2018 Italian Grand Prix - Monza, 31 Aug - 2 Sep

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roon
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Re: 2018 Italian Grand Prix - Monza, 31 Aug - 2 Sep

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I prefer Merc's other type of fake pit stops, the type they practiced in Germany.

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Last edited by roon on Wed Sep 05, 2018 12:08 am, edited 1 time in total.

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subcritical71
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Re: 2018 Italian Grand Prix - Monza, 31 Aug - 2 Sep

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nevill3 wrote:
Tue Sep 04, 2018 9:08 pm
Clearhooter wrote:
Tue Sep 04, 2018 8:24 pm
I just read stewards for the Italian GP have negated Grosjean & HAAS's points for the 2018. Italian GP.... Might even consider it a double DNS ? Seems a floorboard pan wasn't in compliance. I'm sure the FIA wouldn't use coercion. :shock: But I also read today that HAAS is the only team NOT to have agreed to let, who ever Force India will be, back into the fold on their own terms. Coincidence ? A suspicious mind might even read something into the Magnussen's contact. I don't mean to sound suspicious. :roll:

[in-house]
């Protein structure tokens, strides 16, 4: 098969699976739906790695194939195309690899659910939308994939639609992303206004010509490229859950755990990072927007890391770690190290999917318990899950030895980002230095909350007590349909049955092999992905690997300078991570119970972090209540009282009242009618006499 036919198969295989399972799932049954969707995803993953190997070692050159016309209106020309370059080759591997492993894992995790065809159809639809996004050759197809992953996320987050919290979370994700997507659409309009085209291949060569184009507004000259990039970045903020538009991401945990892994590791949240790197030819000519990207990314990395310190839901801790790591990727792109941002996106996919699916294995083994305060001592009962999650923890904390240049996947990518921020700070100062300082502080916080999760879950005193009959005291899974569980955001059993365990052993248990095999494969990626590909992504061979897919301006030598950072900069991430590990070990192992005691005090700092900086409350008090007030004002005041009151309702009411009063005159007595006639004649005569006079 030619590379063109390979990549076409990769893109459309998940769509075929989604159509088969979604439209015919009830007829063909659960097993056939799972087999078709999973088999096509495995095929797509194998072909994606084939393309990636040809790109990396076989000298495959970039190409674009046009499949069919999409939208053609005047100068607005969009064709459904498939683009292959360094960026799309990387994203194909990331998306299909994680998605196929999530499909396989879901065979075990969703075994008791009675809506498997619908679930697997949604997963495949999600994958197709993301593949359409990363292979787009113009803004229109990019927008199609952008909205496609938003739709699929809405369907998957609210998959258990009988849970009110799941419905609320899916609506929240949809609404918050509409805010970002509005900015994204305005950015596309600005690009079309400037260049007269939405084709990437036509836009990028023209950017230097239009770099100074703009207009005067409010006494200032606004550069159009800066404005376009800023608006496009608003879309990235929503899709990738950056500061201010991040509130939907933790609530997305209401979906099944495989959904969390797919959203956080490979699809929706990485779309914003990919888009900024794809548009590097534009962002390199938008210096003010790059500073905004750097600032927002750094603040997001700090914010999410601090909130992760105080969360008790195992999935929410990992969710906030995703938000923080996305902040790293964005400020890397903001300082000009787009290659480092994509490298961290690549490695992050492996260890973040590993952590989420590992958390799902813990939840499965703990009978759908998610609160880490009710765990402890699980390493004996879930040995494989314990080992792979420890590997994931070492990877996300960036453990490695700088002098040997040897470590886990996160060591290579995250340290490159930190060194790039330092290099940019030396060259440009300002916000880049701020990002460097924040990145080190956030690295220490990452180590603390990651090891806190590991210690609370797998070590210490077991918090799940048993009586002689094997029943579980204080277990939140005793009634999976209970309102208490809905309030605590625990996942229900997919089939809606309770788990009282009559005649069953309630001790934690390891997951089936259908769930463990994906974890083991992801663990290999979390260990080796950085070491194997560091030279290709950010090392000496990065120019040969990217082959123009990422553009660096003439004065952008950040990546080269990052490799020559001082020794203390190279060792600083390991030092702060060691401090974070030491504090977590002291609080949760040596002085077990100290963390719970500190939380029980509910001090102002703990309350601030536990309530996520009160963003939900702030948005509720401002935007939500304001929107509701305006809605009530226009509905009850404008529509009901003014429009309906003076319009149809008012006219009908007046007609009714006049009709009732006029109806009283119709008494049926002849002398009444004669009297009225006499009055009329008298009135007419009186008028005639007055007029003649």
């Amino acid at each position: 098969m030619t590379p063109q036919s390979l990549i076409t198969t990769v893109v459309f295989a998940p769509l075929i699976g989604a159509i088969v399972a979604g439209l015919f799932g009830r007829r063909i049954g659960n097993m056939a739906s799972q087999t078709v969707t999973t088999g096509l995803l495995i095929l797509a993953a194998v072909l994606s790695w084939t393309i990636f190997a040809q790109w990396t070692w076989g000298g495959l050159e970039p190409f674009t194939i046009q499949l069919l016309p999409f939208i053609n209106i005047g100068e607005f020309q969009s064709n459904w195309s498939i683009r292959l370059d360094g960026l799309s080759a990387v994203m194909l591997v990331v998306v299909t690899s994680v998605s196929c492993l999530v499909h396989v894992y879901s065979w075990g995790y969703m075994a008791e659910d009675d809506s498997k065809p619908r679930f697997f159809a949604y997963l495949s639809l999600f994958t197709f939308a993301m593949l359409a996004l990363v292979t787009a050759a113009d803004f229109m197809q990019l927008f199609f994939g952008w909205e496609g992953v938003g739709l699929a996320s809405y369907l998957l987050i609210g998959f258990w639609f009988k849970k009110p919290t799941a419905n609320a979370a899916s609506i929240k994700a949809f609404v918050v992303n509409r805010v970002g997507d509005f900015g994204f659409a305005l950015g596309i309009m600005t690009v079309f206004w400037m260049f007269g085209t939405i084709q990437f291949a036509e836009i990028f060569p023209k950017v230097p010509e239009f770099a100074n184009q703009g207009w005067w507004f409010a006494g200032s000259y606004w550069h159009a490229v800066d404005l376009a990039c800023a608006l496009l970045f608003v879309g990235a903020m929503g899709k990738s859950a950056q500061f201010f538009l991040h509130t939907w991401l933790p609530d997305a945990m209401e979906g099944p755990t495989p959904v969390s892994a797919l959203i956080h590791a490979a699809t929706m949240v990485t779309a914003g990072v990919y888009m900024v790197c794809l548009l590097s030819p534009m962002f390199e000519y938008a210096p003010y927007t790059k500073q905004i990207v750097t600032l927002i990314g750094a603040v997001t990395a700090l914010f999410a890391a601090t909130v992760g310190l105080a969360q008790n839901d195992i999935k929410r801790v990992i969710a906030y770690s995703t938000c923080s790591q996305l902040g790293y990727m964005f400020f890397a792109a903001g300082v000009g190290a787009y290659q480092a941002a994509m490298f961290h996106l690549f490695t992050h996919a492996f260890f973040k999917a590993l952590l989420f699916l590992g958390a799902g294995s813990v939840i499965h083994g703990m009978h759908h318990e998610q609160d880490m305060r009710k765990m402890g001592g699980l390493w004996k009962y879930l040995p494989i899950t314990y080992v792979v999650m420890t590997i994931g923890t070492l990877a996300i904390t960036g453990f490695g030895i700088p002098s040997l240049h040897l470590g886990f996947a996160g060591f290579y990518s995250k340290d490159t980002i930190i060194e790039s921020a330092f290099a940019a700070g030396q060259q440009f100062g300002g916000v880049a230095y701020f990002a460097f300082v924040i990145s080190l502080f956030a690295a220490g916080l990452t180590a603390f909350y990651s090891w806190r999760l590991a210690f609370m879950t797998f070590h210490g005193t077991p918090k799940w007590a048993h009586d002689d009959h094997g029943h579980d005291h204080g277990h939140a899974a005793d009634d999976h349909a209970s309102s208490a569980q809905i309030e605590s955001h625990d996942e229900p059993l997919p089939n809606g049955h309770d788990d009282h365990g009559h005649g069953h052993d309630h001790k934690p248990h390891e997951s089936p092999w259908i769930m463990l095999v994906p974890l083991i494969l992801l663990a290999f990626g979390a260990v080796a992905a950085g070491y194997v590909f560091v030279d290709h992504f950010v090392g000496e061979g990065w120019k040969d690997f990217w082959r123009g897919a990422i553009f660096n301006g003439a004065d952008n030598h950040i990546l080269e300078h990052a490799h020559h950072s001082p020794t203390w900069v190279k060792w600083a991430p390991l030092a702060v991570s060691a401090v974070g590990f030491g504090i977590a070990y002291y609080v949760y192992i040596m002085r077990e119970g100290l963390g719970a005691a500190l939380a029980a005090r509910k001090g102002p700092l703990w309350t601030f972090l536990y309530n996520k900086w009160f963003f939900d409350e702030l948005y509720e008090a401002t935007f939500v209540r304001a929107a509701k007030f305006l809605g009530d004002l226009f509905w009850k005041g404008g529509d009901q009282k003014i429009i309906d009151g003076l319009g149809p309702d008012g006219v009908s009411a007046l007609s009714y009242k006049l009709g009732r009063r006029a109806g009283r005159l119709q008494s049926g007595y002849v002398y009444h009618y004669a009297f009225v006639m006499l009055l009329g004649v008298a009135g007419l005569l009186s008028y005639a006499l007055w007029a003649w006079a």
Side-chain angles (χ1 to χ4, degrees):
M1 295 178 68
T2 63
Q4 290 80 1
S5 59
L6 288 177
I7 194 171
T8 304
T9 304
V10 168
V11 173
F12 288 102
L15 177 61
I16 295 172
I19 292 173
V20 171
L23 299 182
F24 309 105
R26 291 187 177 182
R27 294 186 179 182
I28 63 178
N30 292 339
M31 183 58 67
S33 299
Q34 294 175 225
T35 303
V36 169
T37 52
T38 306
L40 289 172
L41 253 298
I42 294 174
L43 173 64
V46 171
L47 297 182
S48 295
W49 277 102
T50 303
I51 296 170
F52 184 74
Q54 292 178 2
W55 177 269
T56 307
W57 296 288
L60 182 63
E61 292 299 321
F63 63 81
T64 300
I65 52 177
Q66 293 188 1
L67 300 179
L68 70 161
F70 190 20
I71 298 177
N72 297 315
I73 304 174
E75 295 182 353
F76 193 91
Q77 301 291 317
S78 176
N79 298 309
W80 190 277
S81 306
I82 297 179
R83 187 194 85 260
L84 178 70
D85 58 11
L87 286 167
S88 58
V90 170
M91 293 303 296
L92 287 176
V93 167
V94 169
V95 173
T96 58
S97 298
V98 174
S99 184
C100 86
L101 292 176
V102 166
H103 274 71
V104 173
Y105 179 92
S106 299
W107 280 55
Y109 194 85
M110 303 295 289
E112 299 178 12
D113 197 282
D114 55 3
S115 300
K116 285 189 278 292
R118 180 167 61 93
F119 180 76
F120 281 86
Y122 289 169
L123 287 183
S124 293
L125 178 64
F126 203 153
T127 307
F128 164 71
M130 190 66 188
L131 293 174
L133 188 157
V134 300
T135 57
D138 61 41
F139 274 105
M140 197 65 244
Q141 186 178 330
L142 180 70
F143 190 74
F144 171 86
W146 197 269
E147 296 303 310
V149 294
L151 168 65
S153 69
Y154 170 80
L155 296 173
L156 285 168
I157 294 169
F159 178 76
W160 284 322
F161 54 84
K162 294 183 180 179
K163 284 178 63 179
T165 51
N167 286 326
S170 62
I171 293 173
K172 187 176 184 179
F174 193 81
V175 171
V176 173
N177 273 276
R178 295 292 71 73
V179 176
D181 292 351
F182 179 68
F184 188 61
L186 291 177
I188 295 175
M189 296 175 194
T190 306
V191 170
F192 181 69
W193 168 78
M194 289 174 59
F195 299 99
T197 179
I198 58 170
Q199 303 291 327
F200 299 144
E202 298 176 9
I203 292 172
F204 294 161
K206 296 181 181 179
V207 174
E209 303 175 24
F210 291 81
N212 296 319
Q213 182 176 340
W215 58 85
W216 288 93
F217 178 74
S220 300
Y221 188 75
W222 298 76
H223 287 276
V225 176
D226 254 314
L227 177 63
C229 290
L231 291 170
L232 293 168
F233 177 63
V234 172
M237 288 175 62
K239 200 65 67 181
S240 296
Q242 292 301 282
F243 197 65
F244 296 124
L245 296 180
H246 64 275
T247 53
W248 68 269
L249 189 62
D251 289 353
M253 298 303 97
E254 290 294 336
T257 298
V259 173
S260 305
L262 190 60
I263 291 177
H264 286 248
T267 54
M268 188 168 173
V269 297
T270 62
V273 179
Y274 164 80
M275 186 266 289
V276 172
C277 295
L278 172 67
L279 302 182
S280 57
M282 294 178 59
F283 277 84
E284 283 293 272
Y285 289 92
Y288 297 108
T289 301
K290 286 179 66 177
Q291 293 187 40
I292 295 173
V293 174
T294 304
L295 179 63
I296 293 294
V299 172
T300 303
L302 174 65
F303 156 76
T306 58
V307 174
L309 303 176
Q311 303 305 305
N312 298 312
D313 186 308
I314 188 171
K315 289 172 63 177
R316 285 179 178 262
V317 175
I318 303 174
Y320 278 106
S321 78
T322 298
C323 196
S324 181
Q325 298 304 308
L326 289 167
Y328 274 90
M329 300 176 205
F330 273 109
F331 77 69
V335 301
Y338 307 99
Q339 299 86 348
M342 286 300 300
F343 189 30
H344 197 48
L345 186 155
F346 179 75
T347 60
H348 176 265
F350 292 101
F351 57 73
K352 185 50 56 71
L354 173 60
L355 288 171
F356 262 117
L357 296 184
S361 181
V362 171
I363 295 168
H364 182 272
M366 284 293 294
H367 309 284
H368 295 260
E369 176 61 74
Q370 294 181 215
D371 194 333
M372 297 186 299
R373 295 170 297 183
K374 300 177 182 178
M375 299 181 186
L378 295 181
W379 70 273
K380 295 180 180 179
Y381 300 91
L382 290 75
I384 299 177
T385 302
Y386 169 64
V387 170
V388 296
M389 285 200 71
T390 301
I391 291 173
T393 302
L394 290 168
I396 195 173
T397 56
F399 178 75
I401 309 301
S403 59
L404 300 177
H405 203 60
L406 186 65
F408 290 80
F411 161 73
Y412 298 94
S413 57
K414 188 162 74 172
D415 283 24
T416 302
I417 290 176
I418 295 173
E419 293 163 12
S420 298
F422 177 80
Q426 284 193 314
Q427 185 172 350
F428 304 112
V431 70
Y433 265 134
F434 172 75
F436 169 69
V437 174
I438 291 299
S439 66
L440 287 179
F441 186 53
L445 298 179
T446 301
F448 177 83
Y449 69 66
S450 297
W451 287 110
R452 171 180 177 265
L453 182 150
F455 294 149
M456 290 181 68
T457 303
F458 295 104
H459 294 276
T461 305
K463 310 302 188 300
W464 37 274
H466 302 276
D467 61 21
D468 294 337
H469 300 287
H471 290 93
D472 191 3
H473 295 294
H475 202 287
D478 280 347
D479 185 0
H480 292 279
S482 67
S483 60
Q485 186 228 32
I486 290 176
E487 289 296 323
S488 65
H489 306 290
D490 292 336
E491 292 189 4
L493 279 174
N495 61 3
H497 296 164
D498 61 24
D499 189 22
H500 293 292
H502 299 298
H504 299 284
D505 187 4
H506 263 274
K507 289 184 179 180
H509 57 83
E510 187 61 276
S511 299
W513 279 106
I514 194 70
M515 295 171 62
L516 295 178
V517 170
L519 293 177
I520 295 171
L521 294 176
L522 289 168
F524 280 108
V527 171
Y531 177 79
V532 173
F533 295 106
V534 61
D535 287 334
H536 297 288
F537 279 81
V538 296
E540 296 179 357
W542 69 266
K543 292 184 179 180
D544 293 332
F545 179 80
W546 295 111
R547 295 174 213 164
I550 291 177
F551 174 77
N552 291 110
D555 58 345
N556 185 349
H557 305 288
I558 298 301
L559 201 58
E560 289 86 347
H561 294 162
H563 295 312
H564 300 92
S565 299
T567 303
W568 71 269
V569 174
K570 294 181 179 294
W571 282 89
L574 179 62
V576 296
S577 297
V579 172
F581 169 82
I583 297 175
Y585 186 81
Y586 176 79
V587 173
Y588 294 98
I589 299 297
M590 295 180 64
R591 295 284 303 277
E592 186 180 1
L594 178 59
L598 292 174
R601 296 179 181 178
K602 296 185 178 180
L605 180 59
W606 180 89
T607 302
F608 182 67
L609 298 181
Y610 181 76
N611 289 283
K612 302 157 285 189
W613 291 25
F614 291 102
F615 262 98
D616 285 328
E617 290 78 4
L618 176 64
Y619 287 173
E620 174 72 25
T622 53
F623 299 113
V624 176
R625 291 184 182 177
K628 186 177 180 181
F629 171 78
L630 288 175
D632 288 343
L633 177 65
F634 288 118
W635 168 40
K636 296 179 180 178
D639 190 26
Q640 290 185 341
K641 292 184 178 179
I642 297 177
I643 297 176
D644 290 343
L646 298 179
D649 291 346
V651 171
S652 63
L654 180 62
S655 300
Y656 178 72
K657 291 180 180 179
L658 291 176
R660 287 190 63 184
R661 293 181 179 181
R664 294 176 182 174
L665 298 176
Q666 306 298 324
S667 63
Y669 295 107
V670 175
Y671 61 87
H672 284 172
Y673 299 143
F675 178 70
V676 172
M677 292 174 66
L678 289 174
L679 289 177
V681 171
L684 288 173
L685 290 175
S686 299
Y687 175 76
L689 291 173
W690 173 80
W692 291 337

It was Renault that raised an objection that resulted in Haas's exclusion, probably because they had beaten them in the race and had taken 4th in the wcc standings too. Haas had been warned that their T tray was against the rules as described in a technical directive that was issued to clarify a grey area. All the teams were given until the race at Monza to comply but Haas said they needed more time but were not explicitly given permission to run the "illegal" floor but advised they could be excluded if another team decided to complain to the stewards which did indeed happen. They knew the risks but decided to roll the dice and have lost out.